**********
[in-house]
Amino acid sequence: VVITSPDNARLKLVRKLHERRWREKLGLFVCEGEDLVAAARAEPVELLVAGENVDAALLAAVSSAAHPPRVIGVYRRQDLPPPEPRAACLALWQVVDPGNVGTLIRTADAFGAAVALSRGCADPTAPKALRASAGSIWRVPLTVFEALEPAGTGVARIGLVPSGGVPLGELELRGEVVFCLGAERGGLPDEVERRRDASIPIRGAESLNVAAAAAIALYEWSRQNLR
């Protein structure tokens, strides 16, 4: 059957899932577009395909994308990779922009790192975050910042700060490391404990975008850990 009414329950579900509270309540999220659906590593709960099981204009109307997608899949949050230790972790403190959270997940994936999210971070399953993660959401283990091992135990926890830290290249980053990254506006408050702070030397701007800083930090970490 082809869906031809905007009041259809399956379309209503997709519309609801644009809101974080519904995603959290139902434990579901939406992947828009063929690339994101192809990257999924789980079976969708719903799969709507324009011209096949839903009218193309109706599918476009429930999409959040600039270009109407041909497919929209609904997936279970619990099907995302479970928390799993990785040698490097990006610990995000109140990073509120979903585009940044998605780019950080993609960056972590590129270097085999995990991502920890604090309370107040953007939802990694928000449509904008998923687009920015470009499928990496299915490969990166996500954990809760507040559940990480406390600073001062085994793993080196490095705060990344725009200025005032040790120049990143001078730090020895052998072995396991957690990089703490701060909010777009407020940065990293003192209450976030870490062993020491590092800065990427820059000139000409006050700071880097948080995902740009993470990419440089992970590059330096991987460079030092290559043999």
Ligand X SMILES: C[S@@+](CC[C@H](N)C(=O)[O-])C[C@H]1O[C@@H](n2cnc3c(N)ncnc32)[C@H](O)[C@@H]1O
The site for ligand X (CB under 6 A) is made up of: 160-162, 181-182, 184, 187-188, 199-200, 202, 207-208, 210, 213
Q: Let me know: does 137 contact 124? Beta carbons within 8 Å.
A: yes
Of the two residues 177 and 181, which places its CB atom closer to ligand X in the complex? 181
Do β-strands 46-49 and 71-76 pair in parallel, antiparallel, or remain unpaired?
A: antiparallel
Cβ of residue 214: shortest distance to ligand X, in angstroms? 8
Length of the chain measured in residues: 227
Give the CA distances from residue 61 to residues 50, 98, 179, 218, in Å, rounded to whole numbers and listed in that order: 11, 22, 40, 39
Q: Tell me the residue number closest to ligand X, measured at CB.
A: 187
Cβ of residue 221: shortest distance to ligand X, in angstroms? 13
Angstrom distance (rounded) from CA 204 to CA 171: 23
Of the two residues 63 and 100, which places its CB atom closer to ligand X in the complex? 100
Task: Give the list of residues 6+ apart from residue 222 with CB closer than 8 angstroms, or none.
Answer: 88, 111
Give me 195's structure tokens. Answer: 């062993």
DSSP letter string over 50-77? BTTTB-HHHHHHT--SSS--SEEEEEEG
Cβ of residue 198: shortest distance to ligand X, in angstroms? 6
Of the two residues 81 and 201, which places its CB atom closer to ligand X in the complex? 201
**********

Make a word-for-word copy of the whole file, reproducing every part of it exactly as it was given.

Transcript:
[in-house]
Amino acid sequence: VVITSPDNARLKLVRKLHERRWREKLGLFVCEGEDLVAAARAEPVELLVAGENVDAALLAAVSSAAHPPRVIGVYRRQDLPPPEPRAACLALWQVVDPGNVGTLIRTADAFGAAVALSRGCADPTAPKALRASAGSIWRVPLTVFEALEPAGTGVARIGLVPSGGVPLGELELRGEVVFCLGAERGGLPDEVERRRDASIPIRGAESLNVAAAAAIALYEWSRQNLR
């Protein structure tokens, strides 16, 4: 059957899932577009395909994308990779922009790192975050910042700060490391404990975008850990 009414329950579900509270309540999220659906590593709960099981204009109307997608899949949050230790972790403190959270997940994936999210971070399953993660959401283990091992135990926890830290290249980053990254506006408050702070030397701007800083930090970490 082809869906031809905007009041259809399956379309209503997709519309609801644009809101974080519904995603959290139902434990579901939406992947828009063929690339994101192809990257999924789980079976969708719903799969709507324009011209096949839903009218193309109706599918476009429930999409959040600039270009109407041909497919929209609904997936279970619990099907995302479970928390799993990785040698490097990006610990995000109140990073509120979903585009940044998605780019950080993609960056972590590129270097085999995990991502920890604090309370107040953007939802990694928000449509904008998923687009920015470009499928990496299915490969990166996500954990809760507040559940990480406390600073001062085994793993080196490095705060990344725009200025005032040790120049990143001078730090020895052998072995396991957690990089703490701060909010777009407020940065990293003192209450976030870490062993020491590092800065990427820059000139000409006050700071880097948080995902740009993470990419440089992970590059330096991987460079030092290559043999």
Ligand X SMILES: C[S@@+](CC[C@H](N)C(=O)[O-])C[C@H]1O[C@@H](n2cnc3c(N)ncnc32)[C@H](O)[C@@H]1O
The site for ligand X (CB under 6 A) is made up of: 160-162, 181-182, 184, 187-188, 199-200, 202, 207-208, 210, 213
Q: Let me know: does 137 contact 124? Beta carbons within 8 Å.
A: yes
Of the two residues 177 and 181, which places its CB atom closer to ligand X in the complex? 181
Do β-strands 46-49 and 71-76 pair in parallel, antiparallel, or remain unpaired?
A: antiparallel
Cβ of residue 214: shortest distance to ligand X, in angstroms? 8
Length of the chain measured in residues: 227
Give the CA distances from residue 61 to residues 50, 98, 179, 218, in Å, rounded to whole numbers and listed in that order: 11, 22, 40, 39
Q: Tell me the residue number closest to ligand X, measured at CB.
A: 187
Cβ of residue 221: shortest distance to ligand X, in angstroms? 13
Angstrom distance (rounded) from CA 204 to CA 171: 23
Of the two residues 63 and 100, which places its CB atom closer to ligand X in the complex? 100
Task: Give the list of residues 6+ apart from residue 222 with CB closer than 8 angstroms, or none.
Answer: 88, 111
Give me 195's structure tokens. Answer: 């062993």
DSSP letter string over 50-77? BTTTB-HHHHHHT--SSS--SEEEEEEG
Cβ of residue 198: shortest distance to ligand X, in angstroms? 6
Of the two residues 81 and 201, which places its CB atom closer to ligand X in the complex? 201